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Dog whistles


The DCLG has trumpeted a new Guide on Council and Police powers on ‘Dealing with illegal and unauthorised encampments’.

A new guide will give more power and a stronger voice to local residents and councillors to challenge council officers if they claim ‘nothing can be done’ about this problem. It follows on from the recently scrapped diversity and equality guidance which discouraged councils from taking enforcement action.

So says the DCLG press release, which also trumpets that ‘New Temporary Stop Notices now give councils powers to tackle unauthorised caravans, backed up with potentially unlimited fines.’

However, the ‘Summary of Available Powers‘ makes clear that the only ‘new’ power is the revocation, on 4 May 2013, of The Town and Country Planning (Temporary Stop Notice) (England) Regulations 2005, removing some restrictions on the use of temporary stop notices against caravans.

The tenor and approach of the DCLG release and the stated purpose of the guidance, have unsurprisingly attracted criticism. Travellers groups have highlighted the lack of duty to provide adequate legal sites, but also highlighted that the DCLG’s original press release included the word ‘blight’ in regard to ‘illegal encampments’, a word that vanished between the release of the embargoed version and the final release.

The purpose of this release is presumably summarised in the paragraph quoted above. It is to place pressure on Councils, or more accurately, to put the perceived blame for the ‘problem’ (the ‘blight’) on councils. But the nature of the language, in a situation where the lack of legal sites is acknowledged to be a large-scale problem, in a now familiar manner, is to largely blame the victim for their situation.

Giles Peaker is a solicitor and partner in the Housing and Public Law team at Anthony Gold Solicitors in South London. You can find him on Linkedin and on Twitter. Known as NL round these parts.


  1. LHA

    But shouldn’t the blame or onus be on the Councils to make provision, as after all thats their job, and not something Central government should be blamed for? Their responsibility is to set broad policy and if the LG is too timid to implement it for fear of the practical burdens of an outbreak of nimbyism and the votes lost for the Councillors, then it is their problem, isn’t it?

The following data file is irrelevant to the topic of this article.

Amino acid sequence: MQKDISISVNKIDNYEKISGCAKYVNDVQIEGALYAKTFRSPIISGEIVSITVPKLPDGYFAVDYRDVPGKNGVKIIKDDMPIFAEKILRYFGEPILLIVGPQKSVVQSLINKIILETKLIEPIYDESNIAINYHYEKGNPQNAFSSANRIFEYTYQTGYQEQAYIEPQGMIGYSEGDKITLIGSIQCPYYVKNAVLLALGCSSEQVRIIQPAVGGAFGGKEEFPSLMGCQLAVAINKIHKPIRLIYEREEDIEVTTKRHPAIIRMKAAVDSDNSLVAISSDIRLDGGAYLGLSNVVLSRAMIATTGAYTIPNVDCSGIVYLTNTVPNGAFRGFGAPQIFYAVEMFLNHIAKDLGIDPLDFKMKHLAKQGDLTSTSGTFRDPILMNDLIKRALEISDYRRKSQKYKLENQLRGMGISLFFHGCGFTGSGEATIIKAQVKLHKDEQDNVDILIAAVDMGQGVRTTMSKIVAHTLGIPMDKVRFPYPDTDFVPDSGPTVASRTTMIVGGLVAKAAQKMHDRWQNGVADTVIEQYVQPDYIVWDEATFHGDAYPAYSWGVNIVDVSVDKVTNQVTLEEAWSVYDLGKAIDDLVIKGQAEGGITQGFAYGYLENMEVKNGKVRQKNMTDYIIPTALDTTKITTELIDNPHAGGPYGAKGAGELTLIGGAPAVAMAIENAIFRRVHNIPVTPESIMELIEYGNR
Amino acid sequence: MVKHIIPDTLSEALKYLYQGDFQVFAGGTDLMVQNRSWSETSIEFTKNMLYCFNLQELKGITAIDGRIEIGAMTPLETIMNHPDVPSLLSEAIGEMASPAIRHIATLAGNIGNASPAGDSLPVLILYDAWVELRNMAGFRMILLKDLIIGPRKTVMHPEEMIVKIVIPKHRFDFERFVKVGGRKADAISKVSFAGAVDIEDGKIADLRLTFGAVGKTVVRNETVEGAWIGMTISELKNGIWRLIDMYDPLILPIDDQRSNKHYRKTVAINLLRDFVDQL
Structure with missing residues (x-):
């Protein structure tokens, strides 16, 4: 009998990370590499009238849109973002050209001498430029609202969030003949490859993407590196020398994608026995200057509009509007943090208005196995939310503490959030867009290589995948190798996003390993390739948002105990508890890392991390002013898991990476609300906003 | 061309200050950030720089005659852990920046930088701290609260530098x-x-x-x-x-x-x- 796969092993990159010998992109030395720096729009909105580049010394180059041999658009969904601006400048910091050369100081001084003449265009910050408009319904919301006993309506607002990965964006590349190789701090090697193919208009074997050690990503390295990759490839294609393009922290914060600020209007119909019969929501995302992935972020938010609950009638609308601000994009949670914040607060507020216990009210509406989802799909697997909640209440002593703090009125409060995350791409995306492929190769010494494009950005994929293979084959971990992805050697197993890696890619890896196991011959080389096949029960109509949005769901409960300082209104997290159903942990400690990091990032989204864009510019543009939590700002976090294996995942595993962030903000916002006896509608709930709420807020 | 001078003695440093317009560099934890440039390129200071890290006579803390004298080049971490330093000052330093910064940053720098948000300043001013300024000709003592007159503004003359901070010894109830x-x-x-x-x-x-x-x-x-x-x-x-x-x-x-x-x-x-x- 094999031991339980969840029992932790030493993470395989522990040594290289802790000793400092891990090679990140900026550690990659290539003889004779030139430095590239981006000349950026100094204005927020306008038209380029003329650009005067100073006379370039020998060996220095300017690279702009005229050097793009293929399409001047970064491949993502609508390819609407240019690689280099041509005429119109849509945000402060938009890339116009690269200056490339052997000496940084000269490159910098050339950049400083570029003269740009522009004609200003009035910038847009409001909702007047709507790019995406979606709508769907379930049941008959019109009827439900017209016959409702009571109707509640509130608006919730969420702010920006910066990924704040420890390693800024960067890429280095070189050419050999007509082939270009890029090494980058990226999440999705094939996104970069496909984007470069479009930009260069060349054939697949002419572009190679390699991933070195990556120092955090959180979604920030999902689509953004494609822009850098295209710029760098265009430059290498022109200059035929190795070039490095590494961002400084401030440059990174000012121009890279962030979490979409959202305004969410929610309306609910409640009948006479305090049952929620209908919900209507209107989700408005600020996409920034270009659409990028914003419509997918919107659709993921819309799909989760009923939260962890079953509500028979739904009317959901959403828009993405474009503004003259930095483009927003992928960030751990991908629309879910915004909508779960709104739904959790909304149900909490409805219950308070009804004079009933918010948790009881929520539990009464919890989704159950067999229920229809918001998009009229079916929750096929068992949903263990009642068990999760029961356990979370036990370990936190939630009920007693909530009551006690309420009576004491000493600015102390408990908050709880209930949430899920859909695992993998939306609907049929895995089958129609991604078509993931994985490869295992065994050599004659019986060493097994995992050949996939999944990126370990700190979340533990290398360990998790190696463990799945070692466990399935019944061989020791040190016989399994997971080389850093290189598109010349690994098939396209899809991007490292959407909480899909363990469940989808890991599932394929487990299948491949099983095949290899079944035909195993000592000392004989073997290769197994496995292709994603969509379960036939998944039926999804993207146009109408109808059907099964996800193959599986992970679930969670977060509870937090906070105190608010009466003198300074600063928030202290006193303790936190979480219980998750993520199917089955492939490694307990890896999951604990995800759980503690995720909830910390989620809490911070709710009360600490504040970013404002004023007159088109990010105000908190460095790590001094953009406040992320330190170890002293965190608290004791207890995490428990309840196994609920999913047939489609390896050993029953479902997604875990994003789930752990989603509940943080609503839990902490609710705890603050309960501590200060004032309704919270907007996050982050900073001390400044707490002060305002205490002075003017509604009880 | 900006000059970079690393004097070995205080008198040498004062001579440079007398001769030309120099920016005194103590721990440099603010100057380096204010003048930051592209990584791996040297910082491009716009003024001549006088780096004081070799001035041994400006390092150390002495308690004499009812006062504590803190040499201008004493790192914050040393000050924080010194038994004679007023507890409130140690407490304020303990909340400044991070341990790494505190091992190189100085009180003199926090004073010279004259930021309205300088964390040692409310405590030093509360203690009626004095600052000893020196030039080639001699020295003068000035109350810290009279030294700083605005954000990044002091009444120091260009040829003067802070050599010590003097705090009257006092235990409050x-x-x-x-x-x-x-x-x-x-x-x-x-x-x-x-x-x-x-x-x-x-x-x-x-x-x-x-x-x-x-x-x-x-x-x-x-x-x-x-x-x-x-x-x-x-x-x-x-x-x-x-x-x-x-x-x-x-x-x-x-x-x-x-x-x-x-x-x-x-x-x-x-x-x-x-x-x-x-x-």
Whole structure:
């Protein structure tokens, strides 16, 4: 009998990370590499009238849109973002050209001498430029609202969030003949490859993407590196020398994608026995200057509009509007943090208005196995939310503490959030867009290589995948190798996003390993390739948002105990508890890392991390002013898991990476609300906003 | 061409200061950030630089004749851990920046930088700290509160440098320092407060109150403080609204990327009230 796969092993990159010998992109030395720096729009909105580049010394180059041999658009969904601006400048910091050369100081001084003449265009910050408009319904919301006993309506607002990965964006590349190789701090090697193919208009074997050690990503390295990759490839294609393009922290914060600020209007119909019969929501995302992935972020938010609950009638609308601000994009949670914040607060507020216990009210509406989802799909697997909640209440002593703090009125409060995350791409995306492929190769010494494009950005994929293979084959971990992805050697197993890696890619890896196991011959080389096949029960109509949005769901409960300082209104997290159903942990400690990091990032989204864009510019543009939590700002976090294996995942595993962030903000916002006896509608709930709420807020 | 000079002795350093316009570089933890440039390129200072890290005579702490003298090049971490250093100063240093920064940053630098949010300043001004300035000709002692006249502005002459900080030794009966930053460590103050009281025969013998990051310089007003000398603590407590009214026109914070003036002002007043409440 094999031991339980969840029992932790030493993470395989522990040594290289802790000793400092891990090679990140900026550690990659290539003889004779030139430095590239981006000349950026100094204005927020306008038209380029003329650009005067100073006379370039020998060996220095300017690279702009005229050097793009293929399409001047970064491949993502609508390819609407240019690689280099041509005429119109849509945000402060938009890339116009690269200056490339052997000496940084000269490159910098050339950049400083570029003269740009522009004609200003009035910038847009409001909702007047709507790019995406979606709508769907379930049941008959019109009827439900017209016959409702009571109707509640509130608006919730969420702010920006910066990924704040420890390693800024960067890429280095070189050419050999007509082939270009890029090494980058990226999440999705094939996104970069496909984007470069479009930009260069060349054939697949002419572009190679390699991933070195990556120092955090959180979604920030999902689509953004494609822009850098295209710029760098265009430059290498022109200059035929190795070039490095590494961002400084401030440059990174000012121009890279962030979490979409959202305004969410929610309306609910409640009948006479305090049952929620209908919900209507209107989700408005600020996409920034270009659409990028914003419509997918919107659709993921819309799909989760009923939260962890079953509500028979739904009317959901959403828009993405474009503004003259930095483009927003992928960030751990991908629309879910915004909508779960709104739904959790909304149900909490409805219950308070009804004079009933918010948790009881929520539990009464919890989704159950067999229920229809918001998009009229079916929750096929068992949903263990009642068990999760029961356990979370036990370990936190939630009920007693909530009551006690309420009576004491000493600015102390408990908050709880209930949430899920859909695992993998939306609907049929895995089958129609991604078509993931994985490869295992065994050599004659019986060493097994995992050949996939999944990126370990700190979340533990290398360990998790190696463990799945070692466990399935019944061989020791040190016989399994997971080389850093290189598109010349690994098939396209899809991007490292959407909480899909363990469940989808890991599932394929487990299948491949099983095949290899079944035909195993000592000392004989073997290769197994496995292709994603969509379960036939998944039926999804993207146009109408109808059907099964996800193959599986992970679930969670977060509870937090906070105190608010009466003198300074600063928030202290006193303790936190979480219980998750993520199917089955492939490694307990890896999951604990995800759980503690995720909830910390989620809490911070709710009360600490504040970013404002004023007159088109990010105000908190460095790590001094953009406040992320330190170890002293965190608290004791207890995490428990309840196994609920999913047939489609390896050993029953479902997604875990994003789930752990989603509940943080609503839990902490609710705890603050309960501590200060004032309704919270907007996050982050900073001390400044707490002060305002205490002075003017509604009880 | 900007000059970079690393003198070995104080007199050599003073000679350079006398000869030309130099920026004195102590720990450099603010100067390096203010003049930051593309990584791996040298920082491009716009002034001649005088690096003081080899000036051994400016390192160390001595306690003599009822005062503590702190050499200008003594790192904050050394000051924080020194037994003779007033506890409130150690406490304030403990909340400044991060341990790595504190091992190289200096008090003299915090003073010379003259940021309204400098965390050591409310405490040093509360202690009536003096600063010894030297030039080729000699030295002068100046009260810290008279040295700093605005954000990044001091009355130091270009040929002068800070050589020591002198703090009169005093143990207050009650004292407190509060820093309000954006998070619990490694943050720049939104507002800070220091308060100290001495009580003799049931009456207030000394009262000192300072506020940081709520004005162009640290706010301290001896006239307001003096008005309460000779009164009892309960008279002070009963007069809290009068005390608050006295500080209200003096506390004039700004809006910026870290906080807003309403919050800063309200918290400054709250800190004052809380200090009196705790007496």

2. Chris J

    Here is the Travellers Advice Team take on the DCLG “guidance” (we are not having a go at squatters and protestors by the way – just pointing out the difference):
    The Travellers Advice Team believe that this guidance is just showboating to the tabloid press (and , indeed, is becoming a bit of an annual event). More importantly it is irresponsible, misleading and potentially challengeable:
    a) It merges Gypsies and Travellers in with protestors and squatters in buildings – these are totally different issues;
    b) Therefore some of the guidance is entirely irrelevant to Gypsy and Traveller issues e.g. interim possession orders which just apply to ‘premises’, all the references to ‘tents’ etc
    c) It is essential that many of these powers are read in conjunction with other government guidance concerning both unauthorised developments and unauthorised encampments – in fact, if local authorities come to decisions without referring to the other guidance, then those decisions may well be unlawful;
    d) Many of these powers have been subject to important case law developments e.g. Porter v South Bucks in the House of Lords re planning injunctions – there is no reference to the important considerations, as explained in the Porter case, that must be taken into account before taking injunction action;
    e) In any consideration of a case involving enforcement action, it is vital to take account of how the local authority in question has dealt with their own duties, powers and obligations e.g. (to name but a few) the power to provide sites under Caravan Sites & Control of Development Act 1960; the duty under Planning policy for traveller sites to provide a five year deliverable supply of sites; the homelessness duty under Housing Act 1996 Part VII; the duty to assess the need for sites under Housing Act 2004. There is NO mention of any of this in the purported guidance.
    This Guidance is fundamentally flawed, involves placing the cart before the horse and should be challenged.
    The Travellers Advice Team are beginning to think that any dialogue (outside of court action) with this Government is like spitting in sawdust – all thoughts on this gratefully accepted.


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